Deterministic Phonon Transport Predictions of Thermal Conductivity in Uranium Dioxide with Xenon Impurities

[+] Author and Article Information
Jackson R Harter

Nuclear Science and Engineering, Radiation Transport and Reactor Physics, Oregon State University

Laura de Sousa Oliveira

Department of Mechanical Engineering, University of California - Riverside

Agnieszka Truszkowska

School of Mechanical, Industrial & Manufacturing Engineering, Oregon State University

Todd Palmer

Professor, Nuclear Science and Engineering, Oregon State University

P. Alex Greaney

Assistant Professor, Department of Mechanical Engineering, and Materials Science & Engineering Program, University of California - Riverside

1Corresponding author.

ASME doi:10.1115/1.4038554 History: Received August 19, 2016; Revised October 18, 2017


We present a method for solving the Boltzmann transport equation (BTE) for phonons by modifying the neutron transport code Rattlesnake which provides a numerically efficient method for solving the BTE in its Self-Adjoint Angular Flux form. Using this approach, we have computed the reduction in thermal conductivity of uranium dioxide (UO$_2$) due to the presence of a nanoscale xenon bubble across a range of temperatures. For these simulations, the values of group velocity and phonon mean free path in the UO$_2$ were determined from a combination of experimental heat conduction data and first principles calculations. The same properties for the Xe under the high pressure conditions in the nanoscale bubble were computed using classical molecular dynamics. We compare our approach to the other modern phonon transport calculations, and discuss the benefits of this multiscale approach for thermal conductivity in nuclear fuels under irradiation.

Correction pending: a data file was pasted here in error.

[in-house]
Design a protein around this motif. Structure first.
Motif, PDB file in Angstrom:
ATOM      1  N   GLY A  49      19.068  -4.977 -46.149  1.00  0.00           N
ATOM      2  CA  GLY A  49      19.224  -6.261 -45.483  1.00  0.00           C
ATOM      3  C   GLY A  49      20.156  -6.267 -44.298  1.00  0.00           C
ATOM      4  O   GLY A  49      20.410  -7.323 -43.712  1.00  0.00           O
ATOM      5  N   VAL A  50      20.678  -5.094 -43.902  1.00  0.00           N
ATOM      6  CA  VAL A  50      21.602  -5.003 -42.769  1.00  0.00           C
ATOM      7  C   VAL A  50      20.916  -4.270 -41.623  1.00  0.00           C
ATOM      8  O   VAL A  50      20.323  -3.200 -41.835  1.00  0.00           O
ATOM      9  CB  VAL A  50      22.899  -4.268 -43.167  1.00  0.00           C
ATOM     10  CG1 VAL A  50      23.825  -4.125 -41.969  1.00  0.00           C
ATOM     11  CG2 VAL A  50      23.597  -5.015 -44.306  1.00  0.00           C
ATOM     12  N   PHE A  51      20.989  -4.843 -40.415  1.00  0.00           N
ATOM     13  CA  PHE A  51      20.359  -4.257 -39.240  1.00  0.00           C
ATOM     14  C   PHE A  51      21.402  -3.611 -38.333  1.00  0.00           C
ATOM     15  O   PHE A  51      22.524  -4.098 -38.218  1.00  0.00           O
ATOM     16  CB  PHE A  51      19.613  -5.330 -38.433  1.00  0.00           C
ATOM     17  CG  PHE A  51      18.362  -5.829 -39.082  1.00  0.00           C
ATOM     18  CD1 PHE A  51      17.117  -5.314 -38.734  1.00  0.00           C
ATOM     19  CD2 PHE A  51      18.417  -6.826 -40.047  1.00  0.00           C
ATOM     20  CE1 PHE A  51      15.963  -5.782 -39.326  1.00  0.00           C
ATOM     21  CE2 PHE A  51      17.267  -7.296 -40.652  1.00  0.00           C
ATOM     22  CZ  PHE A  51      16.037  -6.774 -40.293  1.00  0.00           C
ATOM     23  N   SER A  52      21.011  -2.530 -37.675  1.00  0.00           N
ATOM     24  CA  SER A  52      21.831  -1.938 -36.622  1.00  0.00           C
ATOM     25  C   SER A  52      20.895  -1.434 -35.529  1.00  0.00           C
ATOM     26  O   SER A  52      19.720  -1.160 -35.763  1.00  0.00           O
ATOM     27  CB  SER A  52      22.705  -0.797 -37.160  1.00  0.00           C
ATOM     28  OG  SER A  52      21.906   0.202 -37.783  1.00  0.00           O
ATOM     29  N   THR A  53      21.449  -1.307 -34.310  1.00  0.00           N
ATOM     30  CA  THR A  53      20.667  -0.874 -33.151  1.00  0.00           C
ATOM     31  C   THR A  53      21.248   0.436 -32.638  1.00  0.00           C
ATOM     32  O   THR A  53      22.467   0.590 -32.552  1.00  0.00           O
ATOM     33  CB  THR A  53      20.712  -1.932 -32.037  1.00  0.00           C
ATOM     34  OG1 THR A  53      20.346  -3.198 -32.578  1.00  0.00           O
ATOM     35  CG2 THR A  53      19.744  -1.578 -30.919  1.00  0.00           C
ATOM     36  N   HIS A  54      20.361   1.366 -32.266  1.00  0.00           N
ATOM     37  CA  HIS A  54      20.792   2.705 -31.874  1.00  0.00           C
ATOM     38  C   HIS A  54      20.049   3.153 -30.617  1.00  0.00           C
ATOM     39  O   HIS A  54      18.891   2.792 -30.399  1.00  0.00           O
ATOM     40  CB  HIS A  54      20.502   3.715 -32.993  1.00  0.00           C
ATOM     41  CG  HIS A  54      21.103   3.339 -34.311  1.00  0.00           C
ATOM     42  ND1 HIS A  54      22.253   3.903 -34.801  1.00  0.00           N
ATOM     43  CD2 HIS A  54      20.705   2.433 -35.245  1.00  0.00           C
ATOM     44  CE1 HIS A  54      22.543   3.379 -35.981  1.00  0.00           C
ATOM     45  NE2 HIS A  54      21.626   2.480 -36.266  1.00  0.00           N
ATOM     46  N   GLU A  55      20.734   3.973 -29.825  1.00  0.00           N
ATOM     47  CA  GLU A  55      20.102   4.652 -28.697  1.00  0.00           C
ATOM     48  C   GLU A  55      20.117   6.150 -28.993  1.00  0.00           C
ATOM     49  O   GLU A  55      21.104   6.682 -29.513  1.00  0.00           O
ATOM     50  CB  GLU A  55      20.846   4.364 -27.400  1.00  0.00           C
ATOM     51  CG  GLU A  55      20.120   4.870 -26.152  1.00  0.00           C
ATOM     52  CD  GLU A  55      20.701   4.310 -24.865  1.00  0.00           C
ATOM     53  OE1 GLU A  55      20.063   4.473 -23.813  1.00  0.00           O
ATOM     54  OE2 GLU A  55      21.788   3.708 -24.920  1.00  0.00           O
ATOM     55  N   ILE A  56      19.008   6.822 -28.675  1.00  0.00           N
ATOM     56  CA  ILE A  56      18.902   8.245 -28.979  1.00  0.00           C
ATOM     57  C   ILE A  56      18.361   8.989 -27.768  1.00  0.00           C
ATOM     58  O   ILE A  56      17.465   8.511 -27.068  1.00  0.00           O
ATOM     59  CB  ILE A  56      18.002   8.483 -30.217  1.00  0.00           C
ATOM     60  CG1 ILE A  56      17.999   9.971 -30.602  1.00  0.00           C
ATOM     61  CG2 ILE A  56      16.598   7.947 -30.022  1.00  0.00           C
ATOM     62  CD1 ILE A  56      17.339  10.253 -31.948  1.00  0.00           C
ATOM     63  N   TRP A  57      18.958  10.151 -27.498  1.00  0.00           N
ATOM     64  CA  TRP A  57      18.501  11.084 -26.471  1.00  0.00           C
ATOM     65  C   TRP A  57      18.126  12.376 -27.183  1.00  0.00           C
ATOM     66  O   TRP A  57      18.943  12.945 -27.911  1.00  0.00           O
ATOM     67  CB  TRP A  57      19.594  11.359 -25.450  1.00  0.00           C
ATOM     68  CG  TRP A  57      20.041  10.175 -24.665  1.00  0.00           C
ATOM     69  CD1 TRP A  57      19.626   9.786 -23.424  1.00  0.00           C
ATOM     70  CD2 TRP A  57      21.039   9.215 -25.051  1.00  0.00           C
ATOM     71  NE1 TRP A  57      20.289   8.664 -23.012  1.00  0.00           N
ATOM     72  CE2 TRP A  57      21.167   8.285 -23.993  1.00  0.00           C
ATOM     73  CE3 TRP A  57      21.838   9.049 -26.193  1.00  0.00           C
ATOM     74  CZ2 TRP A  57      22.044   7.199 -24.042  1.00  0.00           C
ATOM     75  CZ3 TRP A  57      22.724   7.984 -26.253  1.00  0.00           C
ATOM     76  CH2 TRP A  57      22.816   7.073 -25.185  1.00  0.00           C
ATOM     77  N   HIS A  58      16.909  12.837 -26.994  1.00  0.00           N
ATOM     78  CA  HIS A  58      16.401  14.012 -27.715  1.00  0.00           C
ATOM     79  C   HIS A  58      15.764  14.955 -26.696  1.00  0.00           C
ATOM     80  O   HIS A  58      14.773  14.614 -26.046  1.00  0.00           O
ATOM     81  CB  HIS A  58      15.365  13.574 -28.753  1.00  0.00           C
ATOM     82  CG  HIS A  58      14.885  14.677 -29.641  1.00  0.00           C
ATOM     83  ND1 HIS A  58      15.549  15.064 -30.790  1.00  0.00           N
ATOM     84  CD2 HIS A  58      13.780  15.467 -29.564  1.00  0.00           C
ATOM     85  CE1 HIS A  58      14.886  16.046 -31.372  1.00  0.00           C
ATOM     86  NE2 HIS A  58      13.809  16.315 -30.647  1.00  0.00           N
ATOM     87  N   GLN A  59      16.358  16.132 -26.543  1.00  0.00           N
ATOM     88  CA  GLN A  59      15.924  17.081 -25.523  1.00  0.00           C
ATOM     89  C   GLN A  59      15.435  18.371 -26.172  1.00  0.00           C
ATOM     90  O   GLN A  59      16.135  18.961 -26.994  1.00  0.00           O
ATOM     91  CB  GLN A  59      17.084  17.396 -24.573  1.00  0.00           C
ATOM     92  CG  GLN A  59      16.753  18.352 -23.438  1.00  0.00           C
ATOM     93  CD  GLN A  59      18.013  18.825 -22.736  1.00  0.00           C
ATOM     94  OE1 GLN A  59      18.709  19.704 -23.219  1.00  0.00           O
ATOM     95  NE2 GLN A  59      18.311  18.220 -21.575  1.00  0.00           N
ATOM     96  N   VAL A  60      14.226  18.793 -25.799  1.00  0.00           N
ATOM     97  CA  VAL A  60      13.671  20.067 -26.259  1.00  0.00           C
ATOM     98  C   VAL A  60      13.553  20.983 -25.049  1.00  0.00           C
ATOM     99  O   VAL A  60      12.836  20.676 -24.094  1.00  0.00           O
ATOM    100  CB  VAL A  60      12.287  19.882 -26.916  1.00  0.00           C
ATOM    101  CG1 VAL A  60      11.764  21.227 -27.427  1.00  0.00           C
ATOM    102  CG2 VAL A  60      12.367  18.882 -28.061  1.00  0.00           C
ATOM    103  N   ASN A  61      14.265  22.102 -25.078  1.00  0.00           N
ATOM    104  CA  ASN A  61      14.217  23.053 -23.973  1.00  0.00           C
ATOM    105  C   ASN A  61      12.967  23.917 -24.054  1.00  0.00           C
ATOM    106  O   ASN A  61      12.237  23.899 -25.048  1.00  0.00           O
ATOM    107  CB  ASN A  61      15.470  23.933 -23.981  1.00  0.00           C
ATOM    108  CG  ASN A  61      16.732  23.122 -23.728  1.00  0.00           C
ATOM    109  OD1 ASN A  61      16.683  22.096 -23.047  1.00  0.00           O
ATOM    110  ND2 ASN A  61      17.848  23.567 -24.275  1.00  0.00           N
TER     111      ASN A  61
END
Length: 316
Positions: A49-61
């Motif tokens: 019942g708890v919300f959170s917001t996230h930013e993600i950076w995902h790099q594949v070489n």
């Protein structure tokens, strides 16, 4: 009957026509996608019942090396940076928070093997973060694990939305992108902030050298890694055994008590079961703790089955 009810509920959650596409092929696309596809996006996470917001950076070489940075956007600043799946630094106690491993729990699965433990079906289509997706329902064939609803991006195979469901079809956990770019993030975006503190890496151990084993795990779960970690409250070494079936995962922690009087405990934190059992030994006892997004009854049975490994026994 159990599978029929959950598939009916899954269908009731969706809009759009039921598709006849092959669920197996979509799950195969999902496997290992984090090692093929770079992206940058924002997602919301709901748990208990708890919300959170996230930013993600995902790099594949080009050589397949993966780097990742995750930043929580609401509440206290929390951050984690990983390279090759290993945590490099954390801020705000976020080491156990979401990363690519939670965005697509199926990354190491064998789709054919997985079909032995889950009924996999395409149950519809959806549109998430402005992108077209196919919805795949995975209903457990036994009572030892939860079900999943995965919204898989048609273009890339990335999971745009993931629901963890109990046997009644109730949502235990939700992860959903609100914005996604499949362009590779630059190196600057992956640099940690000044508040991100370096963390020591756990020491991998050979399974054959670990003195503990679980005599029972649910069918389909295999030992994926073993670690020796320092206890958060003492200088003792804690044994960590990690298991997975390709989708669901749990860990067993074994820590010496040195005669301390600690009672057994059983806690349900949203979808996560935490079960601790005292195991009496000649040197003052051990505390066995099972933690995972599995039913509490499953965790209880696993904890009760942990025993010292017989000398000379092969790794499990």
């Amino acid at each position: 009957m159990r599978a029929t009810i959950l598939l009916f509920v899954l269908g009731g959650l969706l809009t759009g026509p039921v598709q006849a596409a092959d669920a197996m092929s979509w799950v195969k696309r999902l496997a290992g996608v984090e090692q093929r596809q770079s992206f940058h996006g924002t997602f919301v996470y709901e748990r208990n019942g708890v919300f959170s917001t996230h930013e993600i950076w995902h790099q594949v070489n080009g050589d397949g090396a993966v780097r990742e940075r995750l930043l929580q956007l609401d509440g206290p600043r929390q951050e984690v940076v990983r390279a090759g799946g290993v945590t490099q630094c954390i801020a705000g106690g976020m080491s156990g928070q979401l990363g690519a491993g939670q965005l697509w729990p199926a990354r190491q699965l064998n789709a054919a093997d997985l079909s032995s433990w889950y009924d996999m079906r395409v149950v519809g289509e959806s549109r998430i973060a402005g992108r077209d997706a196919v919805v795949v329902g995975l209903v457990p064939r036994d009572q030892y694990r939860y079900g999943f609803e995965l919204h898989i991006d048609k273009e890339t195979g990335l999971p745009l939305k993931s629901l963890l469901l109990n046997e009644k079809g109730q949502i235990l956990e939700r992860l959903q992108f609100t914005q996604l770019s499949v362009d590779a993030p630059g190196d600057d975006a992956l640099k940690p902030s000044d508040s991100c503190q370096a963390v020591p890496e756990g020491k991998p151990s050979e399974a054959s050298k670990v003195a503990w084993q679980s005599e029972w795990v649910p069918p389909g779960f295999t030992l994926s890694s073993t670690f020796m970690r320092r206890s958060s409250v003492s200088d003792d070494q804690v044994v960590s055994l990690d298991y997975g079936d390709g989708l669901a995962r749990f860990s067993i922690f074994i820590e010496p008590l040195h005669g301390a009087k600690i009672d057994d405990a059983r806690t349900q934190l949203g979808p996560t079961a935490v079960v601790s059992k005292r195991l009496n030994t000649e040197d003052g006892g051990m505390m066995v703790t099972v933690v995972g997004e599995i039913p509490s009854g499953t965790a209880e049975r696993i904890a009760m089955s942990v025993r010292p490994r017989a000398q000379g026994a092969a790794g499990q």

Copyright (c) 2017 by ASME
Your Session has timed out. Please sign back in to continue.






Some tools below are only available to our subscribers or users with an online account.

Related Content

Customize your page view by dragging and repositioning the boxes below.

Related Journal Articles
Related eBook Content
Topic Collections

Sorry! You do not have access to this content. For assistance or to subscribe, please contact us:

  • TELEPHONE: 1-800-843-2763 (Toll-free in the USA)
  • EMAIL: asmedigitalcollection@asme.org
Sign In